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Antony Antoniou – Luxury Property Expert

The UK’s Housing Market: Exploring Affordability Challenges and Potential Decline

The UK’s Housing Market: Exploring Affordability Challenges and Potential Decline


Housing affordability has been a persistent issue in the UK, with skyrocketing house prices far outpacing wage growth. Last year, the average cost of a house reached its highest point since 1876, standing at nine times the average salary. In areas like London, the situation was even more dire, with houses costing around 13 times the average salary. However, recent developments in the housing market, such as rising interest rates and mortgage costs, have led to a decrease in demand, resulting in a significant drop in house prices. In this blog post, we will delve into the UK’s current housing crisis, exploring the reasons behind falling prices and examining the potential for further decline.

The UK’s Housing Crisis:

The housing crisis in the UK has had far-reaching implications. Historically, the ratio between the median house price and median income was around four, meaning the median house typically cost four times the median annual salary. However, the current average house price in the UK stands at nine times the average salary, surpassing 12 times in London. This exacerbates intergenerational inequality, favoring wealthier older homeowners while disadvantaging the younger generation. Additionally, it contributes to wealth inequality by limiting home ownership opportunities for those without affluent parents. Currently, over 50% of first-time buyers under 35 rely on financial support from their parents, a figure that rises to approximately 75% in London and the southeast. Furthermore, the housing crisis negatively affects the economy, as excessive expenditure on housing reduces the funds available for productive activities.

Factors Contributing to the Housing Crisis:

Several factors have contributed to the housing crisis in the UK. Stagnant wages, the impact of green belt policies, a complex and inconsistent planning system, the dominance of large volume builders, the scarcity of social housing, and the well-known right-to-buy schemes have all played a role in driving up house prices. Low interest rates prevalent during the 2010s have also contributed by making mortgages more affordable and increasing pressure on the market.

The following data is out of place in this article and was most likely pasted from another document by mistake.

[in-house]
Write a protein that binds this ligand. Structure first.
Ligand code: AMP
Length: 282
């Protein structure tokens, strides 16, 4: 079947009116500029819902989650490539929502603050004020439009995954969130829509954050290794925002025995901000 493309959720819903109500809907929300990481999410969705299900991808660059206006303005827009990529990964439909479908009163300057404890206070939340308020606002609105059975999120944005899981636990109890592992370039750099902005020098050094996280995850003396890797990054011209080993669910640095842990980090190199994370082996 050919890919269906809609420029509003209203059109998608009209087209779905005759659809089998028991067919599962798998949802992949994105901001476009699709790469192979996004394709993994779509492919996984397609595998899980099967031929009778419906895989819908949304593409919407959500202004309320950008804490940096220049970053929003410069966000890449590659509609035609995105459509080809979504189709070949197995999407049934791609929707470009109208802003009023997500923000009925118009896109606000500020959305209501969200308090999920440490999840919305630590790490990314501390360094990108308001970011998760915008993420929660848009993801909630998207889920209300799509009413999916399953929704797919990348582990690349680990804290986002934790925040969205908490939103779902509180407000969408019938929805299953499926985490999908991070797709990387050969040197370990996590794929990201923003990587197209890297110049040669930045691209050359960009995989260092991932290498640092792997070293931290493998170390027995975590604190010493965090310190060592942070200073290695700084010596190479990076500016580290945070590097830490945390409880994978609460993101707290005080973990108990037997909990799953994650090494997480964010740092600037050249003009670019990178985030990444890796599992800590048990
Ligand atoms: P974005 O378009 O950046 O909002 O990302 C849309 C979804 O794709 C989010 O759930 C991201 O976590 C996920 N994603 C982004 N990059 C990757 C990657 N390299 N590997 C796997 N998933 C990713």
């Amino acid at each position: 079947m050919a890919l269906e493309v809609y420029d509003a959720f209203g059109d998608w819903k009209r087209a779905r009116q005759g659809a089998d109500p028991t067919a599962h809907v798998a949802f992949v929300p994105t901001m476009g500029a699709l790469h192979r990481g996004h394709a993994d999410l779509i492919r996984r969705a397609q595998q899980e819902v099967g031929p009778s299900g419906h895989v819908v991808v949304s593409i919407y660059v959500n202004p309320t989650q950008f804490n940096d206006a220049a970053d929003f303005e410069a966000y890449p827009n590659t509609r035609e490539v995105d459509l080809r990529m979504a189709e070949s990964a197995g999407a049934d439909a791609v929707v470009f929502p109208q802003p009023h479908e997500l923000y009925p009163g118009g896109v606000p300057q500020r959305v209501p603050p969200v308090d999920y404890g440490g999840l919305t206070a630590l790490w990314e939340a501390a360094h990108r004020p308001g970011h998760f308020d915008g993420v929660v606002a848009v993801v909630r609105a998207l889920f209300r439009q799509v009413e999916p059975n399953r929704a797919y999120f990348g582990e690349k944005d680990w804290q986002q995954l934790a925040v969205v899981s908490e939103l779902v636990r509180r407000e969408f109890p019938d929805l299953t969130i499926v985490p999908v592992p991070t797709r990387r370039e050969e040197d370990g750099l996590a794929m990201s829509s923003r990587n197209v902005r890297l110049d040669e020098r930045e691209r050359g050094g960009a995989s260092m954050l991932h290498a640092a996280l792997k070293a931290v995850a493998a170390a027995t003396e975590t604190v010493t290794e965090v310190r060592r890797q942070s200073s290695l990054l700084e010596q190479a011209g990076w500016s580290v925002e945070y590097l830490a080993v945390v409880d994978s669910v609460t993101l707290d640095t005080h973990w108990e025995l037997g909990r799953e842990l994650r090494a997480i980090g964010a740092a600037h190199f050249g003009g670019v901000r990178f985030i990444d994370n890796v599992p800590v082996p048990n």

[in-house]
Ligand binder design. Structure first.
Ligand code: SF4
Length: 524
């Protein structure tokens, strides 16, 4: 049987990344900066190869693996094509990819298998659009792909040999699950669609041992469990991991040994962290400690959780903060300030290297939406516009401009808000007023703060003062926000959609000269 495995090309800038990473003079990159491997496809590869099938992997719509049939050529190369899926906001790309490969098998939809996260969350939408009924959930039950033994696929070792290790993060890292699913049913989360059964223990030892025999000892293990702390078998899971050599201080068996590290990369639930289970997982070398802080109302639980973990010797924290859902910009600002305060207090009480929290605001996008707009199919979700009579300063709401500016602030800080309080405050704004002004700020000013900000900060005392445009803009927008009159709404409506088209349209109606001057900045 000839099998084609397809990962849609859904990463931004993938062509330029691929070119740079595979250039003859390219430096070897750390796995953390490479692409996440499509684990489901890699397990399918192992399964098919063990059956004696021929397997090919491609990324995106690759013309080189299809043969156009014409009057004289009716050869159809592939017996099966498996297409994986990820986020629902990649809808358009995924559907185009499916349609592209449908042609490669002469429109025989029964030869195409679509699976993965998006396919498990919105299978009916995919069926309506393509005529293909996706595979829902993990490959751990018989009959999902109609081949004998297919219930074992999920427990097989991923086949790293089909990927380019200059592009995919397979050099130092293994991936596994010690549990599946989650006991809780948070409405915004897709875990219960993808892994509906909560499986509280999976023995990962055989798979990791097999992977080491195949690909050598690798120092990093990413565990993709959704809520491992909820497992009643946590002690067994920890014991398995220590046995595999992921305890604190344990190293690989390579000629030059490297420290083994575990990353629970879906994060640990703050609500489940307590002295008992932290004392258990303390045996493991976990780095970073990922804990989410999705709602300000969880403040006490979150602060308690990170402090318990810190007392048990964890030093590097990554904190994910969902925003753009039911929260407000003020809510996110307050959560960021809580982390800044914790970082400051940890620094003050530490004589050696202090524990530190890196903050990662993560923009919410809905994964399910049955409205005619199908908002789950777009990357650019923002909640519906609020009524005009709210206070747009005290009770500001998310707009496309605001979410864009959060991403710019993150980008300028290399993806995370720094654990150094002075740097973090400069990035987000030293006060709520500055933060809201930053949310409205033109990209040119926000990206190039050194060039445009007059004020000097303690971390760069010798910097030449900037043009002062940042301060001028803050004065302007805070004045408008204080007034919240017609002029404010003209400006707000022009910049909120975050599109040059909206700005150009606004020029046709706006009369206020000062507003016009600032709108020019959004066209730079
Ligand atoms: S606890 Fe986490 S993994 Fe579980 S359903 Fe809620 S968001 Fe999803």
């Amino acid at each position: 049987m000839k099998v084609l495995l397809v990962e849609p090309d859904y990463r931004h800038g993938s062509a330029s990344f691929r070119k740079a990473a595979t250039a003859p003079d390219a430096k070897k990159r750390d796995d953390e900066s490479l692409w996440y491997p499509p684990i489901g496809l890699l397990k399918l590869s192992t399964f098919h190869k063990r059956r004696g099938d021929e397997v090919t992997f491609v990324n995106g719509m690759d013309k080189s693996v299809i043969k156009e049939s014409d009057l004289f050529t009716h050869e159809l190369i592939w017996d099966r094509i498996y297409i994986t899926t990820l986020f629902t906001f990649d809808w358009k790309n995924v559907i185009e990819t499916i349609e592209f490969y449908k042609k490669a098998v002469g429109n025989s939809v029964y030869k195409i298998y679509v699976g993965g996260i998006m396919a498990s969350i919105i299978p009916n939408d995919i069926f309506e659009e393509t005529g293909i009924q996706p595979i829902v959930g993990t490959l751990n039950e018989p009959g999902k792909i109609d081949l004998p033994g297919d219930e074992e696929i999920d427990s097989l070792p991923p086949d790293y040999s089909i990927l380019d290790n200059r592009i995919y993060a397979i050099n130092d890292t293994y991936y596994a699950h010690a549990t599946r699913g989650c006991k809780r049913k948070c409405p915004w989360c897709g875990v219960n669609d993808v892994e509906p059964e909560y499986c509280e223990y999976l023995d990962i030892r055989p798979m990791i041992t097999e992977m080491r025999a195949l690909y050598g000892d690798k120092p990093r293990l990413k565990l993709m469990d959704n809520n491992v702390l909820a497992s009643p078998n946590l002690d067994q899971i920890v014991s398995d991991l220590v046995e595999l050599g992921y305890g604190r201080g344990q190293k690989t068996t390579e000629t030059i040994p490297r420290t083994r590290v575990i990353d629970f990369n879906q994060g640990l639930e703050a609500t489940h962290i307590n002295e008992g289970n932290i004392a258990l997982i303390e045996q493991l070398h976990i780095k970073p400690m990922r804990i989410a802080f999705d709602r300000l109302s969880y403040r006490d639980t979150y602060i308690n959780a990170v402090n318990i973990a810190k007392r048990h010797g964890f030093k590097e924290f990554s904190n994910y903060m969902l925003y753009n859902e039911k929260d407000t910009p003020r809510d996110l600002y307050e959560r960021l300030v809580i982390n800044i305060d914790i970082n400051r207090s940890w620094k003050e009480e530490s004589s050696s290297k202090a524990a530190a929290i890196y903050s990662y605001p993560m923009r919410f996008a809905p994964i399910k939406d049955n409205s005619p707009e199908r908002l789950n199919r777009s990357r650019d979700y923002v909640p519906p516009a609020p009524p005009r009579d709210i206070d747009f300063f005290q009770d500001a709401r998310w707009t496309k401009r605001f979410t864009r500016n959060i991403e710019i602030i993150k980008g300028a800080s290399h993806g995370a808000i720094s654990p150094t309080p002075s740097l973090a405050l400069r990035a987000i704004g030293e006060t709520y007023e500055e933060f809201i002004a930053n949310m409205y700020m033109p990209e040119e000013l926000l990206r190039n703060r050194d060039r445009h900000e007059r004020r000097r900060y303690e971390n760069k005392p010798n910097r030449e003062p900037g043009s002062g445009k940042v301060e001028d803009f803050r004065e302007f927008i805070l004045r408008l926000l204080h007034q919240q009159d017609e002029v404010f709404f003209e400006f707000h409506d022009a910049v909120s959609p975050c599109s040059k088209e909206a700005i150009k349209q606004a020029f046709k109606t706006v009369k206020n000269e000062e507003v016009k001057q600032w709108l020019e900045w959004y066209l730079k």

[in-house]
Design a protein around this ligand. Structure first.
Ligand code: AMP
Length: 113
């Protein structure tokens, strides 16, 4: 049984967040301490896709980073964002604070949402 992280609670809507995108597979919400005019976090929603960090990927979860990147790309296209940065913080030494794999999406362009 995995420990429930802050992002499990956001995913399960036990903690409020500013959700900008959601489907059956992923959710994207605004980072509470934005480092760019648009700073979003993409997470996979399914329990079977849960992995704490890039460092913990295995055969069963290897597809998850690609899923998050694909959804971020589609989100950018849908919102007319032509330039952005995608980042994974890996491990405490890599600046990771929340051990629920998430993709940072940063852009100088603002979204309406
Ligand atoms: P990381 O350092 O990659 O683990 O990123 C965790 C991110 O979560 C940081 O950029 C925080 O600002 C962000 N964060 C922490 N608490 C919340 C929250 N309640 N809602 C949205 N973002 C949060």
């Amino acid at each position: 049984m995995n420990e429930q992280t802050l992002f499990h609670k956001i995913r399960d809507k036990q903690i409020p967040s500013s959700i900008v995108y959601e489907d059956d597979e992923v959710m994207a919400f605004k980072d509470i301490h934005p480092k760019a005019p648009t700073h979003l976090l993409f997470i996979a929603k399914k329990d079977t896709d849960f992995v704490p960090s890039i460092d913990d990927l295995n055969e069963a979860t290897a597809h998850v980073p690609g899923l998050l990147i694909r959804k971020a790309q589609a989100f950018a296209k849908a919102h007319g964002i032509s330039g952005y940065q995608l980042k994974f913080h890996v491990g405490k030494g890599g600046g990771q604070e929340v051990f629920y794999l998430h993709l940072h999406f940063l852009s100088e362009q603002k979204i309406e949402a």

Rising Interest Rates and Impact on House Prices:

However, the recent rise in global inflation has led central banks, including the Bank of England, to increase interest rates to mitigate inflationary pressures. This has affected the housing market in two ways. Firstly, borrowing money and obtaining mortgages have become more expensive, reducing housing demand. Secondly, servicing existing mortgages has become costlier, potentially leading to increased housing supply. Approximately 25% of homeowners in the UK have variable rate mortgages, which are tied to changes in interest rates. As rates rise, these mortgage holders face higher expenses, prompting some to sell their properties and downsize to more affordable options. This increase in housing supply further contributes to the downward pressure on prices, particularly in areas like London where a significant portion of income is allocated to mortgage costs.

Current Trends and Future Predictions:

As demand decreases and supply increases, house prices in the UK have started to decline. The downward trend began in September of the previous year and has persisted since then. Between February and March, there was a further decrease of 0.8% in house prices, bringing the total decline to around 6% since the peak in August. Unfortunately for homeowners, it is widely expected that house prices will continue to fall in the upcoming months. The Office for Budget Responsibility (OBR) projects a 10% decrease in house prices in 2024, while both Lloyds and Halifax predict an 8% decline in 2023. However, it’s important to note that UK house prices are still significantly higher than their pre-pandemic average, indicating that they remain above historical norms.

The Impact of Energy Prices and Inflation:

The recent announcement of production cuts by OPEC Plus adds another layer of risk to the UK housing market. High energy prices, particularly elevated oil prices, often lead to inflationary pressures. Factors such as the conflict in Ukraine and disruptions to energy supplies, primarily influenced by Russia, have been major drivers of record inflation in Europe. High energy costs increase household spending and tend to elevate the prices of other goods and services. For example, agriculture heavily relies on energy, and when energy costs rise, it leads to increased food prices. If high energy prices and inflation unfold, the Bank of England may be compelled to raise interest rates even further, resulting in more pronounced declines in housing prices.


The UK’s housing market faces multiple risks, including the unpredictable nature of OPEC Plus and the challenging task of managing inflation. The future trajectory of these factors remains uncertain, but it’s important to acknowledge the vulnerabilities present in the UK housing market. While market sentiment appears relatively calm regarding these potential developments, the uncertainty surrounding energy prices adds another layer of risk. The expectation of higher energy prices, particularly oil prices, implies the likelihood of increased inflation, leading to further declines in housing prices. It is crucial to closely monitor these factors and their potential impact on the housing market going forward.


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